Its response to the Senate Inquiry report into regulation of the interrelation between car-makers and dealers – with particular reference to General Motors Holden – mainly acknowledged the recommendations although the government said it is committed to enacting the reforms.
The Australian Automotive Dealers Association (AADA) said that “most importantly, the government in July already made amendments to the Franchising Code of Conduct which will benefit new car dealers.”
“The government has also committed to further work on arbitration (consultation process is underway) and work towards better processes for indemnification of dealers,” AADA CEO James Voortman said.
“There are a number of other recommendations addressed to the ACCC and its investigation to General Motors, but the government has decided to allow the ACCC to exercise its independence on those matters.
“What is even more pleasing is that the small business minister, Stuart Robert, has already implemented important reforms and is currently consulting on further reforms to automotive franchising.
“This was a crucial inquiry which came at a time of transition in our industry. It has already led to changes in our regulatory landscape, and we hope it will help the industry to move forward in a positive way.”
Mr Voortman also said that the next round of consultation would look at key issues including options for arbitration, the merits of a stand-alone code and the expansion of these protections to other dealers, such as truck dealers.
“The inquiry made important recommendations on the ACCC investigation into GM’s actions as well as GM’s ACL obligations,” he said.
“In its response, the government has put the onus on the ACCC and we will be monitoring those two issues closely.
“It is also encouraging that the government has committed to this year consulting on options to improve indemnification under the ACL and to stop retribution against dealers who seek indemnification.”
The government made seven recommendations in its response.
The (Senate) committee recommends that the ACCC should expedite investigations into GM Holden’s actions “and should commit to provide regular public updates on this investigation and similar investigations into the relationship between manufacturers and dealers in the future”.
The government noted the recommendation and passed actions to the ACCC.
The government also noted that the committee recommends that the ACCC ensures that GM Australia and New Zealand is meeting its ACL obligations to Holden owners in relation to warranty and recalls, technical support and access to parts.
The committee recommends that the government “prioritise the new automotive reforms announced on March 12, 2021 and implement the increased fines, mandatory principles and protection of dealers operating as a manufacturer’s agent by July 1, 2021”.
The government said it supported this recommendation and pointed to the amendments it made to the franchising code on June 1, 2021 and effective from July 1, 2021.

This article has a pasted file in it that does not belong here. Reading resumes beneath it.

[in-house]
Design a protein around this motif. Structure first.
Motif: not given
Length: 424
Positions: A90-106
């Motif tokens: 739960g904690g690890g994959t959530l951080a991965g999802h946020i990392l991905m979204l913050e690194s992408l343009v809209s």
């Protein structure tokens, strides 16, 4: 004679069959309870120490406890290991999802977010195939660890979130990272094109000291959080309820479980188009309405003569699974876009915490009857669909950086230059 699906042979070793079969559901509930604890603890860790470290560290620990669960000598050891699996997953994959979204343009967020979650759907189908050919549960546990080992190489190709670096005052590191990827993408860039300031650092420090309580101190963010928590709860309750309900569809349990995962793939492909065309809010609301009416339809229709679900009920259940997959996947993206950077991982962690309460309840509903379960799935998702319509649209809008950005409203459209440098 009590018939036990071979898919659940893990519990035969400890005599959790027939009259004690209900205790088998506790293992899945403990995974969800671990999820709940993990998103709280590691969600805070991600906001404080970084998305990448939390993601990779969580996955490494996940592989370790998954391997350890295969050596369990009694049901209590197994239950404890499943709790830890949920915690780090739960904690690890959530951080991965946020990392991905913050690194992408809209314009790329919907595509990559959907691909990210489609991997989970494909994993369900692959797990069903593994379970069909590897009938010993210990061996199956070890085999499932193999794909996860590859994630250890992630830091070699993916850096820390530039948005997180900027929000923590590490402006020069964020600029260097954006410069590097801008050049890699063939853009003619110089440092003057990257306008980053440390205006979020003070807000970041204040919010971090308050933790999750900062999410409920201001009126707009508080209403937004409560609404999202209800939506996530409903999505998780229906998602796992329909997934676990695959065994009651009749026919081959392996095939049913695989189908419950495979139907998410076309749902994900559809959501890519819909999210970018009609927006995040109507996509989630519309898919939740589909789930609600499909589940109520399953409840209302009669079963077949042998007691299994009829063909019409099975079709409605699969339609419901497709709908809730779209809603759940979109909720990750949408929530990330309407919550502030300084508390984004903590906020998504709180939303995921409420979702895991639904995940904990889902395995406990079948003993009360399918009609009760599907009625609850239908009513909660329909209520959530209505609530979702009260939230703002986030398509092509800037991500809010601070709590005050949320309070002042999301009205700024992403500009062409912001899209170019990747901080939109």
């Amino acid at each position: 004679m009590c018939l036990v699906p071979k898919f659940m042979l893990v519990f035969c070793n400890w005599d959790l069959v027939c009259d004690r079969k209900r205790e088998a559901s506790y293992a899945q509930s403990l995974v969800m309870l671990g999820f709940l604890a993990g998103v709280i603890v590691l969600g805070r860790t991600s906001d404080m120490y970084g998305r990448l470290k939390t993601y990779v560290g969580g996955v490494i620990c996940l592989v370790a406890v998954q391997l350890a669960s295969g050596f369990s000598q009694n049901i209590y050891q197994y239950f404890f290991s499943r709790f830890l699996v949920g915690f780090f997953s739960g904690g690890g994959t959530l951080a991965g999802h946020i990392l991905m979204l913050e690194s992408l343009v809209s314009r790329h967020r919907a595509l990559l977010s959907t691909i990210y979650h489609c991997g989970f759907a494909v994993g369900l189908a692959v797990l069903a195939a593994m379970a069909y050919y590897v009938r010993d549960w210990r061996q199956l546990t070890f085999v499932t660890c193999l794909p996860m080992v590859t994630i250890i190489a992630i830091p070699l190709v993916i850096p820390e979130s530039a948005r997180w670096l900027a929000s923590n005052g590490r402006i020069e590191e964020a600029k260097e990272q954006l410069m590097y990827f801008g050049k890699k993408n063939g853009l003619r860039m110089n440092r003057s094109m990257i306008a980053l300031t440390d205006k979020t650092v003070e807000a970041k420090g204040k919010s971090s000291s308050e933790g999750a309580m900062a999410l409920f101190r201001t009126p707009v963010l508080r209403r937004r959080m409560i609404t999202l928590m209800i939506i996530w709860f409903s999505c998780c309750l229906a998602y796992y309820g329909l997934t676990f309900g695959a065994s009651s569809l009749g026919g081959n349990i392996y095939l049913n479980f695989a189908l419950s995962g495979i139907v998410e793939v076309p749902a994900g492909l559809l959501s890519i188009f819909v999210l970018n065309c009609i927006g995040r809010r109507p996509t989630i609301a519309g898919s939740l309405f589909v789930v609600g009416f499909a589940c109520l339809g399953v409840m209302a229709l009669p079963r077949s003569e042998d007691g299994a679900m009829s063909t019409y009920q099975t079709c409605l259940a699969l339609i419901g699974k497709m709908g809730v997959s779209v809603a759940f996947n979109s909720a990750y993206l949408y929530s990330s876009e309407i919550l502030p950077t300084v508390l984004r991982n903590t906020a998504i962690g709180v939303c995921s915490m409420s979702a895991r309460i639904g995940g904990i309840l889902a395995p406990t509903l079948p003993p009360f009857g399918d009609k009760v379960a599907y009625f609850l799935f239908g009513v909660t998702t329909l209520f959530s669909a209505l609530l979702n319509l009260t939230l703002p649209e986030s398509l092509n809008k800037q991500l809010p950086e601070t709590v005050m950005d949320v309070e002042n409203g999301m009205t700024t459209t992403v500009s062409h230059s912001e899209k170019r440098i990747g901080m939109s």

“Further to its March 12, 2021 announcement, the government is consulting on the merits of a standalone automotive franchising code and options to strengthen alternative dispute resolution mechanisms for automotive franchisees through binding arbitration (which is Recommendation 5).”
The government noted that the committee recommends mandatory best-practice principles “include a provision for the reimbursement of all reasonable expenses incurred in relation to warranty and recall work, including expenses associated with diagnosis, administration of claims and claim audits”.
The government said its franchising code laid out best practice and that the ACL already provides for suppliers to be indemnified.
State consumer ministers have agreed that a “regulation impact assessment” should be undertaken to consider the costs and benefits of applying it across all sectors of the economy “and to new motor vehicles only”. An impact statement is expected to be released this year.
The committee recommends the government introduce mandatory binding arbitration to resolve disputes during contract negotiation “which are not able to be resolved by other dispute resolution mechanisms”.
The government said it’s supported this recommendation “in principle”, adding that it will undertake further consultation with the automotive industry.
This recommends that the government appoint a senior officer in the office of the Australian small business and family enterprise ombudsman to investigate and coordinate dispute resolution investigations.
The government said it has provided the ombudsman’s office with an additional $1.5 million in the 2021-22 budget to help small businesses identify and access support for resolution.
The government did not support this recommendation which proposed a review into “effectively enforcing alleged contraventions of the competition and consumer act” as related to the relationship between OEMs and dealers.
“The government does not consider it appropriate to undertake a review at this time as it has recently taken significant steps to strengthen the legislative frameworks governing the automotive retailing sector, as discussed in the response to recommendations 3 to 5,” it said.
By Neil Dowling